The Ravens begin the 2021 NFL season on the road against the Las Vegas Raiders on “Monday Night Football.” Here’s who has the edge in each phase of the game:
Ravens passing game vs. Raiders pass defense
The Ravens went from a low-volume, high-efficiency passing offense in 2019 to a low-volume, medium-efficiency passing offense in 2020. They’ll look to do better with quarterback Lamar Jackson operating behind a revamped offensive line and a receiving corps bolstered by free-agent addition Sammy Watkins. Tight end Mark Andrews (58 catches, 701 yards, 7 touchdowns) and wide receiver Marquise Brown (58 catches, 769 yards, 8 touchdowns) were Jackson’s favorite targets, and they’ll be at the center of the operation again. But much will depend on the offensive line, which will be different at every position from the unit that failed to protect Jackson in the team’s playoff loss to the Buffalo Bills last season. Left tackle Ronnie Stanley will try to show he’s back to All-Pro form after ankle surgery, and center Bradley Bozeman will try to bring stability to the middle after switching from left guard.
They’ll start out against one of the league’s worst pass defenses from 2020. The Raiders allowed opposing quarterbacks to average 7 yards per attempt, 27th in the league, and ranked 30th in third-down defense. They drafted safety Trevon Moehrig in the second round and added former Raven Yannick Ngakoue to rush off the edge, but they still lack high-end veterans in the secondary.
Raiders passing game vs. Ravens pass defense
The Raiders moved efficiently through the air in 2020, with quarterback Derek Carr completing 67.3% of his passes and averaging 7.9 yards per attempt in the best statistical season of his career. Former Raven Darren Waller (107 catches, 1,196 yards, 9 touchdowns) is an elite weapon at tight end, and the Ravens will see another familiar face in slot receiver Willie Snead IV. The Raiders hope Henry Ruggs III, their top pick in 2020, takes a step forward after a disappointing rookie year.
The Ravens will take on Las Vegas with one of the deepest defensive backfields in the league but without their top ballhawk in cornerback Marcus Peters, who suffered a season-ending knee injury in practice Thursday. They limited opposing quarterbacks to 5.6 yards per attempt in 2020, and cornerback Marlon Humphrey made the Pro Bowl for a second straight year. With his outside-inside versatility, Humphrey could be their best option for shadowing Waller. Anthony Averett will likely step in for Peters, and coaches have expressed confidence that he’s a starting-caliber cornerback. The Ravens have questions to answer on the edges, where they lost Ngakoue and Matthew Judon, their top pass rusher from recent seasons. Will veteran Justin Houston and first-round pick Odafe Oweh give them consistent sack production? Or will they again rely more on the creative blitz designs of defensive coordinator Don “Wink” Martindale?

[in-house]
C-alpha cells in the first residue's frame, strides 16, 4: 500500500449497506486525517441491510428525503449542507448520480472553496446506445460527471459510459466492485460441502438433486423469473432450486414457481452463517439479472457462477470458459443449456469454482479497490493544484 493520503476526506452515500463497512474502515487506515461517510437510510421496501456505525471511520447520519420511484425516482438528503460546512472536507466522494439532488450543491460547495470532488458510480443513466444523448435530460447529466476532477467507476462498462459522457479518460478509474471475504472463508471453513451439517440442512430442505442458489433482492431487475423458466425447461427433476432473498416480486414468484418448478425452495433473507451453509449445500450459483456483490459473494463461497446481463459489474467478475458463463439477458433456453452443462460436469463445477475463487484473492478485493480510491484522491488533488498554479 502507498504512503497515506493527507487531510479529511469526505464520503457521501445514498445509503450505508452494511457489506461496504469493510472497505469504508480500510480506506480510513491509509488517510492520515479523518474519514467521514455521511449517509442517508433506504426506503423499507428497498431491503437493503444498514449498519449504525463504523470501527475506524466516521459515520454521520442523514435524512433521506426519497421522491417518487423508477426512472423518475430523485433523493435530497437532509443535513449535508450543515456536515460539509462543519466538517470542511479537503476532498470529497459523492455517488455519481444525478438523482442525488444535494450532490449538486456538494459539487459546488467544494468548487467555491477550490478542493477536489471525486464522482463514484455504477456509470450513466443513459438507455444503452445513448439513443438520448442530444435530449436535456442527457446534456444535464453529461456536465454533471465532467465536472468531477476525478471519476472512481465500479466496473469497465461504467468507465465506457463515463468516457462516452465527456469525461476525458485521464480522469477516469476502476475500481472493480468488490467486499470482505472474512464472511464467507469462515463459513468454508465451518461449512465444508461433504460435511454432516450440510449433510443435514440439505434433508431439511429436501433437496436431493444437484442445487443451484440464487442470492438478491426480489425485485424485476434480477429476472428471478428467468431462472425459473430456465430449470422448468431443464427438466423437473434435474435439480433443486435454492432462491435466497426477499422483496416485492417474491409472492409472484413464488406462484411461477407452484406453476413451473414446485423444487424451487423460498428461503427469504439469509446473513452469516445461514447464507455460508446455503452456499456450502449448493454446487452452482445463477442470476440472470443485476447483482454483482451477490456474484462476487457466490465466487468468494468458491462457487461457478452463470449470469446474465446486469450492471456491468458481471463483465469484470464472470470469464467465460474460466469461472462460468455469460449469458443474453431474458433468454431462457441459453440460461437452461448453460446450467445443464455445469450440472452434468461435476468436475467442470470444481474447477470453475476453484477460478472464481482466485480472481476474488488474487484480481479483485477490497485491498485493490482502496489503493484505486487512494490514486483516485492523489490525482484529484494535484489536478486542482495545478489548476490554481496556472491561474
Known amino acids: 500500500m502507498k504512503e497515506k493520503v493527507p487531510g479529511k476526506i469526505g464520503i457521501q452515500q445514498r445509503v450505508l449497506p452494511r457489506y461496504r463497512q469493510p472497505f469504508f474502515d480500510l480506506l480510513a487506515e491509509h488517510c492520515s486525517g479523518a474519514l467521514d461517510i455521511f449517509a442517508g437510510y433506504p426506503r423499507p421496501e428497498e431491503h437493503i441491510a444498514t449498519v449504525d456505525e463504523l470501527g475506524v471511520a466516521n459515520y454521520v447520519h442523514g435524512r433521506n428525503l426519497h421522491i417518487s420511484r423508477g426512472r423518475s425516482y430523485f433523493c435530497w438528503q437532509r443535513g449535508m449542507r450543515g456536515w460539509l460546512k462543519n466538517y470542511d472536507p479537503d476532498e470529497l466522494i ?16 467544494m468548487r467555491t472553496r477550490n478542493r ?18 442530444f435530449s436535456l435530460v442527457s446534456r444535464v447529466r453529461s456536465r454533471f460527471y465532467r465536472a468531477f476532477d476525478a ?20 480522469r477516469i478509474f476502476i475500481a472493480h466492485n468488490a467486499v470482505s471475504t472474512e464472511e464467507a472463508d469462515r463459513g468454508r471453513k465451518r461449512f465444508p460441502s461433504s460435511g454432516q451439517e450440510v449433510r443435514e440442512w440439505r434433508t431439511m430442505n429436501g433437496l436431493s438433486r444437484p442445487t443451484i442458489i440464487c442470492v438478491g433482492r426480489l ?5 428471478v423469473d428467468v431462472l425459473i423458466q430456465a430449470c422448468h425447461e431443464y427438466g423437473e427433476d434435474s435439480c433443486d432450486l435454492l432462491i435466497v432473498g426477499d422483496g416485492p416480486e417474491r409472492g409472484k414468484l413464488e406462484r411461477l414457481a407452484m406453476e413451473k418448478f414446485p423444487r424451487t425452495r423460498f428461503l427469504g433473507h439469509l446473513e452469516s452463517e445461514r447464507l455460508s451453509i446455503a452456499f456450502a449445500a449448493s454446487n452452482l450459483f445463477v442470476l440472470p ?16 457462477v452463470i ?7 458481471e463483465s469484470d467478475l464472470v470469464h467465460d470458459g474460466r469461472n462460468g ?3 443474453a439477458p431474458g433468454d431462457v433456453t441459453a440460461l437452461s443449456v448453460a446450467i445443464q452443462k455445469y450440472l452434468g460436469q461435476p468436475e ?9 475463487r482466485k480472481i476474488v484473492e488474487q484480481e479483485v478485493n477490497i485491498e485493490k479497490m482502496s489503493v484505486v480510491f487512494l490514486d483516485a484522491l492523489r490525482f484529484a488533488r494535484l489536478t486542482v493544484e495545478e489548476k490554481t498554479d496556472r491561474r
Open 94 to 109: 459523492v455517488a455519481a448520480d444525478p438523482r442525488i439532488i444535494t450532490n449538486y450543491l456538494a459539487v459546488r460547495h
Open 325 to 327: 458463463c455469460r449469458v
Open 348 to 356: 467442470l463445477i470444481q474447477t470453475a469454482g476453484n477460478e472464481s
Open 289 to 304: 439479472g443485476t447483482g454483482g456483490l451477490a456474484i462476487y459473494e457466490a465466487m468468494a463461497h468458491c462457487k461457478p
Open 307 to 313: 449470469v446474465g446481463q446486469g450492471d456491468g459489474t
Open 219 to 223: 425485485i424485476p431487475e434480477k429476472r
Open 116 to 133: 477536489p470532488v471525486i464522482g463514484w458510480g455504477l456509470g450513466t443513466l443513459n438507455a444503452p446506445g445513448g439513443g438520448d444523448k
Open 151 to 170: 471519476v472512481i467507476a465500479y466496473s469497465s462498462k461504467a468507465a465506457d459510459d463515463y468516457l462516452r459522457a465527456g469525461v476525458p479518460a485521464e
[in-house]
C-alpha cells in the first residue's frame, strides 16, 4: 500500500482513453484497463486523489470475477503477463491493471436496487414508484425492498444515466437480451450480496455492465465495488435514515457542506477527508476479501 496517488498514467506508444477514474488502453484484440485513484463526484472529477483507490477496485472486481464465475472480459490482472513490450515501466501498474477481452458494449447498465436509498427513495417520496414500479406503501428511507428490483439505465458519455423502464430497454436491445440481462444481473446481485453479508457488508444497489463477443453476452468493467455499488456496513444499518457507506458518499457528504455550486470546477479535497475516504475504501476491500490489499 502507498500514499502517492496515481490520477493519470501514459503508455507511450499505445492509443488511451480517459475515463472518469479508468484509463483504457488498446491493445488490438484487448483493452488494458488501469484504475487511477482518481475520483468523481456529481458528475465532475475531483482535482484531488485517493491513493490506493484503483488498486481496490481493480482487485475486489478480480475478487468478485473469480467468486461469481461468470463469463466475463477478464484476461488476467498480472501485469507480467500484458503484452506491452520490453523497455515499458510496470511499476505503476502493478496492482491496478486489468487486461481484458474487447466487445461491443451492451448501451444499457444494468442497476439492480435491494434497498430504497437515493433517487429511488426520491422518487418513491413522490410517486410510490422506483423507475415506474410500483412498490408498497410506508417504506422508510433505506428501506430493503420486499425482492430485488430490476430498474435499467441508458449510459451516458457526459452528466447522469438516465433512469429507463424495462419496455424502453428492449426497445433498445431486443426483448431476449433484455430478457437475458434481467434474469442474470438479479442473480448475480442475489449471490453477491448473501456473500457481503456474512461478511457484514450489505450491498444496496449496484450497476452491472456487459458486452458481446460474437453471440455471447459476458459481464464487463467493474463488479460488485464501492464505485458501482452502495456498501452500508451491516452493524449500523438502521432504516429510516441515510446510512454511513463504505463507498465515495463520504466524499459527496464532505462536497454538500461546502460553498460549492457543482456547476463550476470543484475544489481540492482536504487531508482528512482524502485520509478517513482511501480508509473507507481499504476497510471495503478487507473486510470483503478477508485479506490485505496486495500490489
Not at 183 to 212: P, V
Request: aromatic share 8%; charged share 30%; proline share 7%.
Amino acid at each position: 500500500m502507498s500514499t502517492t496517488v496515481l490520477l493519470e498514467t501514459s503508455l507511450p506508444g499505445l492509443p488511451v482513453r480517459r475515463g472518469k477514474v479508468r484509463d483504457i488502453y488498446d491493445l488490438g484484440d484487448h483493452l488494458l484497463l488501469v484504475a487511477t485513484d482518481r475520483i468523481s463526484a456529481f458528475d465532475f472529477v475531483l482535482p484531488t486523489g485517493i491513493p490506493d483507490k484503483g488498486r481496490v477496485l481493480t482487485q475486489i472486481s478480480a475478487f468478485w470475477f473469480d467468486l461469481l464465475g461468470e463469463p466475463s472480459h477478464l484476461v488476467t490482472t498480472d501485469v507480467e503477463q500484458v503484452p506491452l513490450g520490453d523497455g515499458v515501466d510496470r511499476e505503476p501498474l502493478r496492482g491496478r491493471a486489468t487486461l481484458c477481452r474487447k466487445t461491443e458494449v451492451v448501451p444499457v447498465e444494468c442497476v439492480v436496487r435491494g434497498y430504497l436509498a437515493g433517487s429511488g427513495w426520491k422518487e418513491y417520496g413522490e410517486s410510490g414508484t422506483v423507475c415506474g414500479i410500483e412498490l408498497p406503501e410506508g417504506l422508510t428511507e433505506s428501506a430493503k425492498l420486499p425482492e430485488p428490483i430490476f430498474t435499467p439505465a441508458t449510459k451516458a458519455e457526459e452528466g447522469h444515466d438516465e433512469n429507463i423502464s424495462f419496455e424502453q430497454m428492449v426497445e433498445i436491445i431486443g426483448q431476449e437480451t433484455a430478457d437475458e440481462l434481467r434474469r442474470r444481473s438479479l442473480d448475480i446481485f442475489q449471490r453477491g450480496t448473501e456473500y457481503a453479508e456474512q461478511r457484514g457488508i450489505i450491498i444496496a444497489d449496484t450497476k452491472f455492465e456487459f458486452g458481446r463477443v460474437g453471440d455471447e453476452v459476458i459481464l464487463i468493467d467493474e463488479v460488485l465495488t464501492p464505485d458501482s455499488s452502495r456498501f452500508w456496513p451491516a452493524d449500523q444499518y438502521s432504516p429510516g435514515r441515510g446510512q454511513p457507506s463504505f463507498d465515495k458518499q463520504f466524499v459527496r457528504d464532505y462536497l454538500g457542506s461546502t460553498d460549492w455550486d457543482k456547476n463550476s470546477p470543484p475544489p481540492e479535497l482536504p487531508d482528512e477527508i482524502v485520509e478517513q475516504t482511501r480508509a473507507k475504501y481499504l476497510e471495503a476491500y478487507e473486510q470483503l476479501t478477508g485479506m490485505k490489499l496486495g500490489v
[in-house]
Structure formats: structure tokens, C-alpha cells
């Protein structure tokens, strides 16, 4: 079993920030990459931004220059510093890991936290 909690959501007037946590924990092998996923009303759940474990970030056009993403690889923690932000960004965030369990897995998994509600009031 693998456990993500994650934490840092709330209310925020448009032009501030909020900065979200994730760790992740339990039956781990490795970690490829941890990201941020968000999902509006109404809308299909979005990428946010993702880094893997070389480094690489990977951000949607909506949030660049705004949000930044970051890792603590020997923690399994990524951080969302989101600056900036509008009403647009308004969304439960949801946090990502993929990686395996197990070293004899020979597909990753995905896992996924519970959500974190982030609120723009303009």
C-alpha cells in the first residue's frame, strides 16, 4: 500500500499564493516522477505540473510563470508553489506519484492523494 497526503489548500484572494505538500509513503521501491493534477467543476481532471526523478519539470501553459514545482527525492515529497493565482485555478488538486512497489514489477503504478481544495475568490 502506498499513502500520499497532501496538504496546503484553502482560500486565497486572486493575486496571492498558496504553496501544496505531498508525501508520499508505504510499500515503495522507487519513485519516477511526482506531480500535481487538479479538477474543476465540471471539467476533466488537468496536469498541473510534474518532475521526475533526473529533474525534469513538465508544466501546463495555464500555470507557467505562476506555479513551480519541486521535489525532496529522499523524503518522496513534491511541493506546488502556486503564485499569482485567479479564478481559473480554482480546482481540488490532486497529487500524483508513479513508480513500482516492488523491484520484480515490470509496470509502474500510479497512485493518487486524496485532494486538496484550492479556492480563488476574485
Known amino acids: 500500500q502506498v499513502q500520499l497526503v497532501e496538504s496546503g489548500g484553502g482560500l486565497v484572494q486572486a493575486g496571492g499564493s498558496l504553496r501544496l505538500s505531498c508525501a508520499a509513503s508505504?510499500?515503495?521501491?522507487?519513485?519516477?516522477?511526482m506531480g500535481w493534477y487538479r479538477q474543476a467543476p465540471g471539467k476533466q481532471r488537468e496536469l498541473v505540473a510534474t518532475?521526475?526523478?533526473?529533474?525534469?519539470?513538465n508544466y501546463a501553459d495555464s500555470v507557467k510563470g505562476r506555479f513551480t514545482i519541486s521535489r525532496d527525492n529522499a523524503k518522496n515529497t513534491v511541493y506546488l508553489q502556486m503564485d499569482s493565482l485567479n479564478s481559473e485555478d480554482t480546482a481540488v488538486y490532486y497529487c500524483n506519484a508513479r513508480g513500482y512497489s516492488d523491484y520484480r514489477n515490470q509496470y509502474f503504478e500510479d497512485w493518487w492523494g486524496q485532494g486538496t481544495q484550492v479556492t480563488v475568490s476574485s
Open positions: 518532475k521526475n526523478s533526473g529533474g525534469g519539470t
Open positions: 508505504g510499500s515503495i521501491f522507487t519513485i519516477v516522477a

Ravens running game vs. Raiders run defense
The Ravens have produced more on the ground than any team in the league since Jackson stepped in as their starting quarterback halfway through the 2018 season. He surpassed 1,000 rushing yards for a second straight season in 2020. Jackson’s impact will be tested like never before after the Ravens lost their top two running backs, J.K. Dobbins and Gus Edwards, to season-ending knee injuries. They’ll turn to training camp breakout Ty’Son Williams, who spent most of last season on the practice squad, and hastily signed veterans Le’Veon Bell, Devonta Freeman and Latavius Murray, one of whom will likely be asked to contribute in Las Vegas. The Raiders ranked 30th in run defense in 2020, allowing opponents to average 4.6 yards per carry. They don’t have a standout interior run defender, which could be a problem if the Ravens run Edwards and Williams out of power sets. They signed longtime Seattle Seahawks linebacker K.J. Wright to shore up the middle tier of their defense.